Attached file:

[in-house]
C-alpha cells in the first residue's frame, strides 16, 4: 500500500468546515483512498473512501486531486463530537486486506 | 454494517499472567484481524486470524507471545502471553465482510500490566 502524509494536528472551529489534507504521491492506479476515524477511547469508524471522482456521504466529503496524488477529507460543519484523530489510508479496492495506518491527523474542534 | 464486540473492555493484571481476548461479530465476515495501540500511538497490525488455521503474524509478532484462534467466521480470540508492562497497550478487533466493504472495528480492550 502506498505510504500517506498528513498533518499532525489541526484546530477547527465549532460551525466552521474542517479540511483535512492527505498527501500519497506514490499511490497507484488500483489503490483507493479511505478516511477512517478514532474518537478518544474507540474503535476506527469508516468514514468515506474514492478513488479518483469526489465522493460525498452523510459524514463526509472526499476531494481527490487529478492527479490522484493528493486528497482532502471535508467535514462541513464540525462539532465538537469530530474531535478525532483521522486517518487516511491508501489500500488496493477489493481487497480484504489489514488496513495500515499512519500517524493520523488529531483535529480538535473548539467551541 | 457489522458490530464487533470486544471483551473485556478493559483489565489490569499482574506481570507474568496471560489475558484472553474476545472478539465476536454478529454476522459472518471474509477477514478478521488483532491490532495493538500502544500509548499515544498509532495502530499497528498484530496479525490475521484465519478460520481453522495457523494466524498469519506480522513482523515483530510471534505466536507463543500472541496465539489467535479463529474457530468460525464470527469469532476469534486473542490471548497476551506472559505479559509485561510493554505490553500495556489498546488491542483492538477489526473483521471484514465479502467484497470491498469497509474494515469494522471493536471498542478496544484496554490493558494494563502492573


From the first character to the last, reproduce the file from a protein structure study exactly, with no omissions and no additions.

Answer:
[in-house]
C-alpha cells in the first residue's frame, strides 16, 4: 500500500468546515483512498473512501486531486463530537486486506 | 454494517499472567484481524486470524507471545502471553465482510500490566 502524509494536528472551529489534507504521491492506479476515524477511547469508524471522482456521504466529503496524488477529507460543519484523530489510508479496492495506518491527523474542534 | 464486540473492555493484571481476548461479530465476515495501540500511538497490525488455521503474524509478532484462534467466521480470540508492562497497550478487533466493504472495528480492550 502506498505510504500517506498528513498533518499532525489541526484546530477547527465549532460551525466552521474542517479540511483535512492527505498527501500519497506514490499511490497507484488500483489503490483507493479511505478516511477512517478514532474518537478518544474507540474503535476506527469508516468514514468515506474514492478513488479518483469526489465522493460525498452523510459524514463526509472526499476531494481527490487529478492527479490522484493528493486528497482532502471535508467535514462541513464540525462539532465538537469530530474531535478525532483521522486517518487516511491508501489500500488496493477489493481487497480484504489489514488496513495500515499512519500517524493520523488529531483535529480538535473548539467551541 | 457489522458490530464487533470486544471483551473485556478493559483489565489490569499482574506481570507474568496471560489475558484472553474476545472478539465476536454478529454476522459472518471474509477477514478478521488483532491490532495493538500502544500509548499515544498509532495502530499497528498484530496479525490475521484465519478460520481453522495457523494466524498469519506480522513482523515483530510471534505466536507463543500472541496465539489467535479463529474457530468460525464470527469469532476469534486473542490471548497476551506472559505479559509485561510493554505490553500495556489498546488491542483492538477489526473483521471484514465479502467484497470491498469497509474494515469494522471493536471498542478496544484496554490493558494494563502492573